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Could Acetaminophen Ease Psychological Pain?


Could Acetaminophen Ease Psychological Pain?

Over-the-counter pain relievers have long been used to alleviate physical pain, while a multitude of other drugs have been used to treat anxiety and depression. The question here is: Is it possible for a common pain killer to ease not just the physical pains of sore joints and headaches, but also the pain of social rejection??

Evidence indicating that acetaminophen, which is the active ingredient in Cetamol, may blunt social pain has been discovered by a research team led by psychologist C. Nathan DeWall of the U.S. University of Kentucky College of Arts and Sciences Department of Psychology.

The doctor said that based on what they knew about neural overlap between social and physical pain systems, the idea that a drug designed to alleviate physical pain should reduce the pain of social rejection was simple and straightforward. However, he said that surprisingly, he hadn’t found anyone who had ever tested the idea.

DeWall and his colleagues were correct according to a study that is due to be published in the U.S. journal of Psychological Science. Relying on some of the same behavioral and neural mechanisms, physical and social pain appear to overlap in the brain.

DeWall and his colleagues made two experiments to investigate this connection: 62 healthy volunteers took 1,000 milligrams daily of either placebo or acetaminophen in the first experiment. The participants reported each evening how much they experienced social pain using a version of the “Hurt Feelings Scale”, which is a measurement tool that is widely accepted by psychologists as a valid measure of social pain. While no change was observed in subjects taking the placebo, but in those taking acetaminophen, hurt feelings and social pain decreased over time. Additionally, with no significant changes observed in either group, the levels of positive emotions remained stable. These results indicate that by impacting emotions that are linked to hurt feelings, the use of acetaminophen could decrease self-reported social pain over time.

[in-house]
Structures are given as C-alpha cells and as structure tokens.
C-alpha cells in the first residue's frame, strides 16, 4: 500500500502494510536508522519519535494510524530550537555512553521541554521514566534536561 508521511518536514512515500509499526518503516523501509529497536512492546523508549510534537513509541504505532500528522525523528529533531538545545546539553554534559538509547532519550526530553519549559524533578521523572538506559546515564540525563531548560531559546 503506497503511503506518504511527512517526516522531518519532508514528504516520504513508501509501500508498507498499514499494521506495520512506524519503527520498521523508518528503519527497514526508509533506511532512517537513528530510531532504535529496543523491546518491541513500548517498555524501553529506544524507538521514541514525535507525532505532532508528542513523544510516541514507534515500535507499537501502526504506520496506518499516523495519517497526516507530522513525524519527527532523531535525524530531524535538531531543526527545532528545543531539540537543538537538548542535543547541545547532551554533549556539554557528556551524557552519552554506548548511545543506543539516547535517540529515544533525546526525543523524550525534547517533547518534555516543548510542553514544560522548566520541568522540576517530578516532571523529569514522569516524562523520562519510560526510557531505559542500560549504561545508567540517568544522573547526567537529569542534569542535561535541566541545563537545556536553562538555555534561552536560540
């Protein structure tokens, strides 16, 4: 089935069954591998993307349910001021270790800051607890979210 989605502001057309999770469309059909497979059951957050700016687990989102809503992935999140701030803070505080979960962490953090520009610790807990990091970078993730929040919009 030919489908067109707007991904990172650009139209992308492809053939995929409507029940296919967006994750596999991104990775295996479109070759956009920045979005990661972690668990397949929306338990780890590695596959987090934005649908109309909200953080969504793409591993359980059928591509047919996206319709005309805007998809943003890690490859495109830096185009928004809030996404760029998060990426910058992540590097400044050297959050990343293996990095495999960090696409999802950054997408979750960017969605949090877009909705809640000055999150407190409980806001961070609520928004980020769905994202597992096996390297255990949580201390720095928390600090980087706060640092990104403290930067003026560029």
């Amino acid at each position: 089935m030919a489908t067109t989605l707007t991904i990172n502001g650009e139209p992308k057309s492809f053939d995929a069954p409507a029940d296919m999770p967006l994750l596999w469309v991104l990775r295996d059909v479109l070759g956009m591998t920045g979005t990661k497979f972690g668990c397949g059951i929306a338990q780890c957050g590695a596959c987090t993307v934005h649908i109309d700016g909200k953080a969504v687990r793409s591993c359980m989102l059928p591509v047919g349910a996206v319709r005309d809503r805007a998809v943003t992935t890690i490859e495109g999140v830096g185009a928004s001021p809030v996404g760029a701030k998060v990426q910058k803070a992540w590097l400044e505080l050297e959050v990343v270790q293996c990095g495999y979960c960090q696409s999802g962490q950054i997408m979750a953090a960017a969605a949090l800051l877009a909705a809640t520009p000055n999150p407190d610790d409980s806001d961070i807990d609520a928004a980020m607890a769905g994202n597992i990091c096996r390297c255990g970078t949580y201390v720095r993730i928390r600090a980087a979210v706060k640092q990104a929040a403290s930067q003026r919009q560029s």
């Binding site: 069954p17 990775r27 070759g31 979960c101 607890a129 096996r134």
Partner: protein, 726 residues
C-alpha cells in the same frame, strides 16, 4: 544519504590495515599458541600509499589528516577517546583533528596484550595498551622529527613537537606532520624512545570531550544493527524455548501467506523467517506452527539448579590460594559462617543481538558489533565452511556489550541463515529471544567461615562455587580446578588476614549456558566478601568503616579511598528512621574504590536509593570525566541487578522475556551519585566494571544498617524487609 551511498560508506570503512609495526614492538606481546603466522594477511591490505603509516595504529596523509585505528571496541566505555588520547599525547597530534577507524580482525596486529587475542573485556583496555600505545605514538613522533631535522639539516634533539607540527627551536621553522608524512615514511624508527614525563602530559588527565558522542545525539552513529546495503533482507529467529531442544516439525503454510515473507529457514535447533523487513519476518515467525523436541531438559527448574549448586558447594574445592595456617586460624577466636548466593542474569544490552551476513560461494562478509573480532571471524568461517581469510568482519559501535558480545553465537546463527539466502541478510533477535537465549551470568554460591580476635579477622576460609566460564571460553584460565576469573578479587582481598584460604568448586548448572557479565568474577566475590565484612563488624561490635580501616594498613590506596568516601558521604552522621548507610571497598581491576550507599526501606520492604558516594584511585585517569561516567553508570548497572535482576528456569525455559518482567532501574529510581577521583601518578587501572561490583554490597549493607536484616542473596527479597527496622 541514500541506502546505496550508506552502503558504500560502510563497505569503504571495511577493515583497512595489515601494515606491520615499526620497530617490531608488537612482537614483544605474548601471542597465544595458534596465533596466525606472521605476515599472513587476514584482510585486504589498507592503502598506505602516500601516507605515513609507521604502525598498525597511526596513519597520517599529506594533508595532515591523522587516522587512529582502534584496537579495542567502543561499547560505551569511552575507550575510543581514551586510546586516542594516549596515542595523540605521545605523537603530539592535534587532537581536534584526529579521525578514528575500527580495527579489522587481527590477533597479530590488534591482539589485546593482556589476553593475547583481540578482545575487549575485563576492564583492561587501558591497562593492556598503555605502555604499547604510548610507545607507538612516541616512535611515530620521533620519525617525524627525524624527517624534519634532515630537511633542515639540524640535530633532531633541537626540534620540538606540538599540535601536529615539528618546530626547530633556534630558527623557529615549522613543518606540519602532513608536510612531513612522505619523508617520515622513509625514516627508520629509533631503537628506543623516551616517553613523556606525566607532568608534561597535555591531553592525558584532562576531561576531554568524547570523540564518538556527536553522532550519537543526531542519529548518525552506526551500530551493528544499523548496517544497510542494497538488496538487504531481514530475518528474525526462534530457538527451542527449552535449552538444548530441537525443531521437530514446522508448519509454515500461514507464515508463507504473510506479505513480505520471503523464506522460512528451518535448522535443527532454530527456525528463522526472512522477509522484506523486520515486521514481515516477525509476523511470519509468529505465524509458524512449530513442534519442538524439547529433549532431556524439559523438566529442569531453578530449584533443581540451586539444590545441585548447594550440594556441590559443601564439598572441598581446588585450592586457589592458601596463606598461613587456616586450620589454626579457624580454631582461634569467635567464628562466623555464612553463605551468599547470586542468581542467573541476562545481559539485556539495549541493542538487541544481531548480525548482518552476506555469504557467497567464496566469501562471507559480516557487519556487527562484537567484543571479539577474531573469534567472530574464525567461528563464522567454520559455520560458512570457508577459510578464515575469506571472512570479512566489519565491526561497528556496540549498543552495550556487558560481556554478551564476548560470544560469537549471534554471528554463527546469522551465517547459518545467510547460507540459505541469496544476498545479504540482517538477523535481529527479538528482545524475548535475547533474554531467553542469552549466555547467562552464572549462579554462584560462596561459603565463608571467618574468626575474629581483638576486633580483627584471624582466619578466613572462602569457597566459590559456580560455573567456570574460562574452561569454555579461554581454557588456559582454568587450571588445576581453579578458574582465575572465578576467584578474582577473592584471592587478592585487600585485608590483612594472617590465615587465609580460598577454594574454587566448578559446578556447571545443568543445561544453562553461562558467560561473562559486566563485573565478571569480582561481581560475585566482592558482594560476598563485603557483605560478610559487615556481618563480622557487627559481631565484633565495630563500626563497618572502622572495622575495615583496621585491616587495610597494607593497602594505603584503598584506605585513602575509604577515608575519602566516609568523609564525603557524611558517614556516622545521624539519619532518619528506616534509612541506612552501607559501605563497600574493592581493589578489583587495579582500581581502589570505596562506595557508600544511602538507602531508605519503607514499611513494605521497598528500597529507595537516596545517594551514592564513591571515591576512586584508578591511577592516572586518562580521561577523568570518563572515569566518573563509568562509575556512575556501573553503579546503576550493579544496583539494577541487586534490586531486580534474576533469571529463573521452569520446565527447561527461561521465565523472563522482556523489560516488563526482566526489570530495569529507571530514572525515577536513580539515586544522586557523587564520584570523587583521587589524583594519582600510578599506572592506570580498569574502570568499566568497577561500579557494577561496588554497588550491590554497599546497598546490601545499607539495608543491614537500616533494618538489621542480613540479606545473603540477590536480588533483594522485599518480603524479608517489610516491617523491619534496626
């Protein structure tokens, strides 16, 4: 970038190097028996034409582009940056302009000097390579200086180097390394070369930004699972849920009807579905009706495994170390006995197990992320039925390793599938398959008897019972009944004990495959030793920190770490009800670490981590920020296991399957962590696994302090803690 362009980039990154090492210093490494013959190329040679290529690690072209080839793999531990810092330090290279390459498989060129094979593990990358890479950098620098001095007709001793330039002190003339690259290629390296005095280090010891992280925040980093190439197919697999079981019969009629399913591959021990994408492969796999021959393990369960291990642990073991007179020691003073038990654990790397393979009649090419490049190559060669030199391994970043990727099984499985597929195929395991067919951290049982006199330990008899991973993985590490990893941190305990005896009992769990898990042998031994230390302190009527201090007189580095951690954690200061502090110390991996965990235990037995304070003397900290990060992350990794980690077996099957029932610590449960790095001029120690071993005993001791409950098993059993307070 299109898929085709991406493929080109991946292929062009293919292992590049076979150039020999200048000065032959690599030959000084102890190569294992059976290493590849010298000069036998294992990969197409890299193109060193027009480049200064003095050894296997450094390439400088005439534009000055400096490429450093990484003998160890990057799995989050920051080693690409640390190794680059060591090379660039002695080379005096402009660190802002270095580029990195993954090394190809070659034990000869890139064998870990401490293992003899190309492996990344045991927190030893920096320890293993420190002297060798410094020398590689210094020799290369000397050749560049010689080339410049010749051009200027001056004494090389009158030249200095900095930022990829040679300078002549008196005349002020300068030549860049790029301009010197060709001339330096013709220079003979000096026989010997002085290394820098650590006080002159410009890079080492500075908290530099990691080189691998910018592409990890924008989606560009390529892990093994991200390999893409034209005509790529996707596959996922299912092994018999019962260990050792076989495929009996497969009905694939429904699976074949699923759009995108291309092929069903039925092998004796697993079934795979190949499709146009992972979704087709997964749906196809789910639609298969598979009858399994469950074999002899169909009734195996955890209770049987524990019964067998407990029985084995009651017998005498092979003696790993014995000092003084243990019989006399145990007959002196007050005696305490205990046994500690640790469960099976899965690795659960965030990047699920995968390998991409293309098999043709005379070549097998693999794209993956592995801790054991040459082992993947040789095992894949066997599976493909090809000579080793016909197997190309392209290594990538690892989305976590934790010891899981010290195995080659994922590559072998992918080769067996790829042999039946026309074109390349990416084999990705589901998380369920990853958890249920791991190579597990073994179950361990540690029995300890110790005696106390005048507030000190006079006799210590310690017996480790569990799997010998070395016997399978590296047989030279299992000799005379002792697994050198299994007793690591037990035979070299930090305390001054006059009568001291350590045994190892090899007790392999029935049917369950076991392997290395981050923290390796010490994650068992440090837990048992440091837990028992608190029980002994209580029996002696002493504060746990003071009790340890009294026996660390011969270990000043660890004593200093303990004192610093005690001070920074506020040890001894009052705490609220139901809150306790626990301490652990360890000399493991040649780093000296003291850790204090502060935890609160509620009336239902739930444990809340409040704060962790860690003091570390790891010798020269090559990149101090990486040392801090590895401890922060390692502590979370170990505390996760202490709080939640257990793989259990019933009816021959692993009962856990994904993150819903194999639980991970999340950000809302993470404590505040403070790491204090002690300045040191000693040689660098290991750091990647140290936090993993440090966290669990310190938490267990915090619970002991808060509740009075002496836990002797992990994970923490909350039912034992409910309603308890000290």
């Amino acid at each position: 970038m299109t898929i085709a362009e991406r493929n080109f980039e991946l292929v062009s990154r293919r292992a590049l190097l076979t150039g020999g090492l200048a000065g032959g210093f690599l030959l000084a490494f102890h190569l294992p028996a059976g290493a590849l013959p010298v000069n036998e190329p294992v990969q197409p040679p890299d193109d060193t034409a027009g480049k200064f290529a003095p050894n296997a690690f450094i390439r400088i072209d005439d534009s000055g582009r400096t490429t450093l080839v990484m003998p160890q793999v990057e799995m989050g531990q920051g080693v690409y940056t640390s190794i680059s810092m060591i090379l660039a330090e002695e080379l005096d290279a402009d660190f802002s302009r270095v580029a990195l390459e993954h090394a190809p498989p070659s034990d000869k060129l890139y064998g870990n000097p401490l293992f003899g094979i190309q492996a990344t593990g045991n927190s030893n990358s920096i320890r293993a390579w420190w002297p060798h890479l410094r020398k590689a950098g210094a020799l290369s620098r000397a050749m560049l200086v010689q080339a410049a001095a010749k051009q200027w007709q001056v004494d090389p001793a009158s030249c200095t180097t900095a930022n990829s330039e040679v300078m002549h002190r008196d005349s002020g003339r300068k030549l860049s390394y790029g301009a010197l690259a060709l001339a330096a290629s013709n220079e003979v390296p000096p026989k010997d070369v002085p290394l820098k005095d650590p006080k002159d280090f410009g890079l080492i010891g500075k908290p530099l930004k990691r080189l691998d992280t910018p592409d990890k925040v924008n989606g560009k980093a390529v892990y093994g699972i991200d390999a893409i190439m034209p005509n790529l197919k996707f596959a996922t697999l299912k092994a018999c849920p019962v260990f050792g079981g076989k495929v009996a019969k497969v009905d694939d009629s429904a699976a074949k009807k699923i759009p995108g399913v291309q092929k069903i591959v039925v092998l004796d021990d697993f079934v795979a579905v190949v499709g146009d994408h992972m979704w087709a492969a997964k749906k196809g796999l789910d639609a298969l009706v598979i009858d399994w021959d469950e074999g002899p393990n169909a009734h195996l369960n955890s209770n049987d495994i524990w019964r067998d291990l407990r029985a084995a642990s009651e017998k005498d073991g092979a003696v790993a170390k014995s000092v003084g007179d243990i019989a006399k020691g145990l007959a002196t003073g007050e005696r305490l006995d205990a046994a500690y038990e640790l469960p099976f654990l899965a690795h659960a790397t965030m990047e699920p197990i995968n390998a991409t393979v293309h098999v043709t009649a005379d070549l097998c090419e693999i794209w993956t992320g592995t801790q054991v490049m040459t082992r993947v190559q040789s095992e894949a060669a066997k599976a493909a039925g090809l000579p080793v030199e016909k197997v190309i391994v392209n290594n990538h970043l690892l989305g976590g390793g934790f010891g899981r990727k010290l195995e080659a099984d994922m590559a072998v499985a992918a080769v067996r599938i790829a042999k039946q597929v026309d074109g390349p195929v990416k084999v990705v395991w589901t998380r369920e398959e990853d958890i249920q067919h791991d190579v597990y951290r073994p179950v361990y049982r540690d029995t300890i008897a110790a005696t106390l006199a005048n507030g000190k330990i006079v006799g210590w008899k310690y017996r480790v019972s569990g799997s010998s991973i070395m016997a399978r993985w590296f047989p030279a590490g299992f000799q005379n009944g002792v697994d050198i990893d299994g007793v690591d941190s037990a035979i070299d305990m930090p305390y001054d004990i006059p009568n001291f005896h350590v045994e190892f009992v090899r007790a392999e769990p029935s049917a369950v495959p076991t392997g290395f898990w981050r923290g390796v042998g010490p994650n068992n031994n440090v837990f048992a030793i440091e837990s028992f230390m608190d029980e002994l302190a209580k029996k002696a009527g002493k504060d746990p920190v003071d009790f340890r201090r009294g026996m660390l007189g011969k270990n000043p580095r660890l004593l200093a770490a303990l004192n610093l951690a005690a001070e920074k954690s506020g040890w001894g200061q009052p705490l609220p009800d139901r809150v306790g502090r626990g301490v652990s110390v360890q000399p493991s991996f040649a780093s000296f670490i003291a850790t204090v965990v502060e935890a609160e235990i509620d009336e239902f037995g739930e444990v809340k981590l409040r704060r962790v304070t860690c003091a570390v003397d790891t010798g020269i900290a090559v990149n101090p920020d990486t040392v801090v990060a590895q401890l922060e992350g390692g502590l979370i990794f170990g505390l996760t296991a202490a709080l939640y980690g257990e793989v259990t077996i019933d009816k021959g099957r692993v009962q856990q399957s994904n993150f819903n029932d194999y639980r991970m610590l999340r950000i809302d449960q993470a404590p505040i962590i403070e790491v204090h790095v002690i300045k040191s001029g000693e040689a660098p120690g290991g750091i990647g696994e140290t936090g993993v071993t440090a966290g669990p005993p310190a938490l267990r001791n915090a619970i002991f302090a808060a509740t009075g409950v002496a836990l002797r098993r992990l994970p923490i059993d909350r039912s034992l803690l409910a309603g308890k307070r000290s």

The next step was to identify the neural mechanisms underlying the findings after the first experiment.

25 healthy volunteers took 2,000 milligrams daily of either a placebo or acetaminophen in the second experiment. The subjects then participated in a computer game rigged to create feelings of social rejection after three weeks of taking the pills. During the game, functional magnetic resonance imaging (fMRI) was employed, which showed that acetaminophen reduced neural responses to social rejection in the regions of the brain that are associated with the distress of social pain and the affective component of physical pain (the dorsal anterior cingulated cortex and anterior insula). This means that the brain parts associated with physical lit up in the placebo subjects when they were rejected, while the acetaminophen group displayed significantly less activity in these brain areas in response to rejection.

The academic paper that detailed the experiments said that their findings suggest that an over-the-counter painkiller usually used for physical aches and pains could, at least temporarily, alleviate the distress that is caused by social pain. The study also suggested that acetaminophen could also reduce the consequences of antisocial behavior because being rejected can trigger aggressive and antisocial behavior, leading to further complications in social life.

However, readers are cautioned not to immediately stock up on acetaminophen to ease social pain and anxiety, because to verify the potential benefits of acetaminophen on reducing emotional and antisocial responses to social rejection, further research is needed.

Additionally, serious liver damage has been linked with the long-term use of acetaminophen. So if a person is thinking about taking any medication for an off-label use, he/she should follow all package directions and consult a physician.

DeWall said that their research has the potential to change how laypersons and scientists understand social and physical pain. He also said that chronic loneliness or forms of social pain could damage a person’s health as much as obesity or smoking, and that he hopes that their findings could pave the way for interventions that are designed to reduce the pain of social rejection.


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Prepared By: Dr. Mehyar Al-Khashroum
Edited By: Miss Araz Kahvedjian




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